2) Language: If the native language of the country you are thinking about moving to is not English, how well do you understand the language? Could you cope with an emergency — a medical emergency that sends you to hospital or to an emergency clinic? or a burst water pipe or other household emergency that requires immediate attention? Could you understand a movie? or make small talk at a party?
3) Medical Issues: An unfamiliar language is not the only concern regarding medical issues. Do you have a medical condition that will require continuing care? Even something like high blood pressure or diabetes could be expensive if your medical insurance does not cover you while you live outside of your native country.
4) Culture: Every country has their own unique culture, their way of doing things that is often different from the way these same things are done in every other country. The way people interact while shopping, at work, doing business, renovation and repairing homes, in social settings, etc, can be very different from country to country. How easy is would it be for you to adapt to these new customs?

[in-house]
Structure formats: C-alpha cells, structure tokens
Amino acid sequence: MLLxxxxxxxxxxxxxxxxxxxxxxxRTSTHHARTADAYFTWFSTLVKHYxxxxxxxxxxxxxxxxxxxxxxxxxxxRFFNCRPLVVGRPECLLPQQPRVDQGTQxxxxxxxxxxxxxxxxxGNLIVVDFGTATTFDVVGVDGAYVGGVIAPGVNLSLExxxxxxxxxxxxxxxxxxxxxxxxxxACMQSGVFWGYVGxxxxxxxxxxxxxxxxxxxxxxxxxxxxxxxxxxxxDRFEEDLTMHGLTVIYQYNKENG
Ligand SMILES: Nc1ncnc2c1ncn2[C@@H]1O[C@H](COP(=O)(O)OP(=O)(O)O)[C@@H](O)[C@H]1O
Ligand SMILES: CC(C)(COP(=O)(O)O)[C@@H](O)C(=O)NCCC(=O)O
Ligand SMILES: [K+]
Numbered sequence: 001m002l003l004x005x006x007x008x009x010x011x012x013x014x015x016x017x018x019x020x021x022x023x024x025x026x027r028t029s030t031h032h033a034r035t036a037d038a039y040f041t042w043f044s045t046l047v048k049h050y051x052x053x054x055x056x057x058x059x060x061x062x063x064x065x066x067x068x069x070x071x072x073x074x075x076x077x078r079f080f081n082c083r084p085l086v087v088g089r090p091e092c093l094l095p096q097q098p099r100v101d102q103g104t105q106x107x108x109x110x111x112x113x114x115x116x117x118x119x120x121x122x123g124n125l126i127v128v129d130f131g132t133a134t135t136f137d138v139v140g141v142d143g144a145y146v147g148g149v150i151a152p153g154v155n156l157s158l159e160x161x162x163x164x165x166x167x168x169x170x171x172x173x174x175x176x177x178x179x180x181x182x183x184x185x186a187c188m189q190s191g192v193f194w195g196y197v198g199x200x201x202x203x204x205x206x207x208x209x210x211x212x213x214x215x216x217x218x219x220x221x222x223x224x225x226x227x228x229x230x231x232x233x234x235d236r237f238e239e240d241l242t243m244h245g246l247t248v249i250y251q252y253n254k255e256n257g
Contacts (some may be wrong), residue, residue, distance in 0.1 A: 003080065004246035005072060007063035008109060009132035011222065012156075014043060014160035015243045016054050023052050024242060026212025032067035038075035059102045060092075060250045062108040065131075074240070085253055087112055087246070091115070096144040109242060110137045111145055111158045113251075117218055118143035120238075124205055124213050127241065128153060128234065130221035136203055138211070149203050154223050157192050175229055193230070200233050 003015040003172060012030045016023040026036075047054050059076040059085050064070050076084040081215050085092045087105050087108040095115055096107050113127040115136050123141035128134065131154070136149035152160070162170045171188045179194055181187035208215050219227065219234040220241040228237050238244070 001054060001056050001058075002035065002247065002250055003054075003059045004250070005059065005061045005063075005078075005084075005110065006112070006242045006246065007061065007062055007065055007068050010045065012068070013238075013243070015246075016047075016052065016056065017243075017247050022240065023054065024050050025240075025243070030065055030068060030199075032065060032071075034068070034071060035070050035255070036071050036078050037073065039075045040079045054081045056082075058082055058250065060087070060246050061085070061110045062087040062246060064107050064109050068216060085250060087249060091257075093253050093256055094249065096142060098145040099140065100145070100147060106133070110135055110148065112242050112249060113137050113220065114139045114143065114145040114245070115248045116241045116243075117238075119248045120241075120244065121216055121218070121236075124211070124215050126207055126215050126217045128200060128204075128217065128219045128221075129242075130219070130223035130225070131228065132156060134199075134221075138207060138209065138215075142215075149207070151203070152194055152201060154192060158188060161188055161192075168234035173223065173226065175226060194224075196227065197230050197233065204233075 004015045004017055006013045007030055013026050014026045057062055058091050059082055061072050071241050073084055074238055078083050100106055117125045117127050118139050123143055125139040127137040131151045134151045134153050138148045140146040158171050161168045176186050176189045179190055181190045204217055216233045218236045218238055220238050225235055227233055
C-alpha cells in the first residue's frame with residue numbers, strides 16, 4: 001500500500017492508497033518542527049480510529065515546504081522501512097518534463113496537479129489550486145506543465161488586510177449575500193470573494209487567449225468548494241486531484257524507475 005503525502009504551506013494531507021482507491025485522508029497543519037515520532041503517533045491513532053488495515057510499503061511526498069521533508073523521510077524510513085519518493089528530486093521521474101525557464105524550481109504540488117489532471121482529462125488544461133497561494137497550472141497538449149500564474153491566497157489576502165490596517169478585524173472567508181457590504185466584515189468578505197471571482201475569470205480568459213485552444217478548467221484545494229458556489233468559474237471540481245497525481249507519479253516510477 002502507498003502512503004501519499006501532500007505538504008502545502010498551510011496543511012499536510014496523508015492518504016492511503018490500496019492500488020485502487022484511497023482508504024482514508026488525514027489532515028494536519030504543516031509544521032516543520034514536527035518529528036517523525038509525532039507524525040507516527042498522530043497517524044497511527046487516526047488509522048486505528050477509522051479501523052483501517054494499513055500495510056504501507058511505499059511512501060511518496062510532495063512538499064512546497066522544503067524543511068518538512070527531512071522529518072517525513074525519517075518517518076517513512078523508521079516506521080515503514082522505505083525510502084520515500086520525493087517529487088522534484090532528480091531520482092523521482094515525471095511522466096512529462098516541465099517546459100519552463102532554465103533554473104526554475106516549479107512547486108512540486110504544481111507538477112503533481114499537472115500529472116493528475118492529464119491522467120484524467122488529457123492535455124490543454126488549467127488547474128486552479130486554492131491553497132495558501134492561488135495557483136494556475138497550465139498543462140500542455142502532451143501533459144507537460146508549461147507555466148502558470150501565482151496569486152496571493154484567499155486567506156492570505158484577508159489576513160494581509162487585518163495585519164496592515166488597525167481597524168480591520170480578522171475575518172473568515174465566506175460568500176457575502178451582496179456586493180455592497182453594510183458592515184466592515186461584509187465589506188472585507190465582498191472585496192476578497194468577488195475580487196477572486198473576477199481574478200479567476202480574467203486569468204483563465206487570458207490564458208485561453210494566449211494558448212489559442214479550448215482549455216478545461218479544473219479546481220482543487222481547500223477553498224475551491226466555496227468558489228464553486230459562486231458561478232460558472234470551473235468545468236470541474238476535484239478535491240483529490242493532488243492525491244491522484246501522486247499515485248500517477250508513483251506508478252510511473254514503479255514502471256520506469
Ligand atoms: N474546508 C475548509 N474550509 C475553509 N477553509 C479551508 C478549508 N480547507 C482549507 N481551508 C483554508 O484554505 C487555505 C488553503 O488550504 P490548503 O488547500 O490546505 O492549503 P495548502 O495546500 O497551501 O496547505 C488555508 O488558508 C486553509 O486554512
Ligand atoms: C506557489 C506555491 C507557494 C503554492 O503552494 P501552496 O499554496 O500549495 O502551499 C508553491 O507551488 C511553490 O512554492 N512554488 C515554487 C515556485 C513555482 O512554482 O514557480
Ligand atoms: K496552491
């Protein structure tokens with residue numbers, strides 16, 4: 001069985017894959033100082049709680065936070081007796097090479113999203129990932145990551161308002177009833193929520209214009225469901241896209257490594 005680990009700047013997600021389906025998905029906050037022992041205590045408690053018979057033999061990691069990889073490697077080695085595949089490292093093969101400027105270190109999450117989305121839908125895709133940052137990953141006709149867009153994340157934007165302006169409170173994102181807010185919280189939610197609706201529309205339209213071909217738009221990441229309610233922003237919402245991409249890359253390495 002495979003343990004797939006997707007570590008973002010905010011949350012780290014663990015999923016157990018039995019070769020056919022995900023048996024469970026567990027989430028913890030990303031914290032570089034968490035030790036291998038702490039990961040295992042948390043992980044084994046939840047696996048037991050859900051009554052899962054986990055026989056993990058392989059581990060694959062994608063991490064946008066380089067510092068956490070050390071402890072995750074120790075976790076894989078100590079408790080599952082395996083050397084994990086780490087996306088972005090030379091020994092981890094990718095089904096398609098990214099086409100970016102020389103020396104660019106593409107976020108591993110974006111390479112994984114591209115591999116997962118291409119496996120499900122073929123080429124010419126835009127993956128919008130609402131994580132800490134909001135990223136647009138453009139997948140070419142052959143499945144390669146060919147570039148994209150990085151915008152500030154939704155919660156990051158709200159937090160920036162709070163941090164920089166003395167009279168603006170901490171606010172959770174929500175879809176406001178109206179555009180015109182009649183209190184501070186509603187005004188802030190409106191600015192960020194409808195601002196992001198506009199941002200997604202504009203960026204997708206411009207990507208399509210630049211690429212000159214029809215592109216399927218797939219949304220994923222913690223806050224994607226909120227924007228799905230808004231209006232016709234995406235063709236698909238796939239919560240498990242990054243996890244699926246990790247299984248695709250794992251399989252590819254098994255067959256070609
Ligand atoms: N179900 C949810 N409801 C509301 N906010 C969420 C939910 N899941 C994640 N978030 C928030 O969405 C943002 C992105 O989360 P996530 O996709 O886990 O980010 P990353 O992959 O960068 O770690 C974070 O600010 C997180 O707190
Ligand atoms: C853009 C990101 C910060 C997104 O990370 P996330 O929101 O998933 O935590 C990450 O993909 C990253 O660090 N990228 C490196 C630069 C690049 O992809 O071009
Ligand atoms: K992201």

5) Financial: Have you calculated the cost of living in the country you are considering moving to? We kept hearing how the cost of living in New Zealand was so low, but what we hadn’t hear about was that the cost of anything that was imported into the country, like books, large appliances, beds, cars, generally anything that wasn’t made in New Zealand, was extraordinarily high. For some countries, its the ‘extra’ costs of doing business, or buying a home, or whatever. When you take these ‘extra’ costs into consideration, the cost of living can become prohibitively high.
6) Employment: Although related to Financial Issues, issues surrounding whether you are allowed to work or not can become unexpectedly significant and should be considered on their own. No matter how good a financial plan is things. like wobbly stock markets, can happen. Do you have the skills, the talents or the legal abilities to work if you need to? Some jobs or entrepreneurial opportunities, can be done completely online from anywhere in the world where the Internet can be accessed. Other jobs will require work visas or permanent residence status for the country.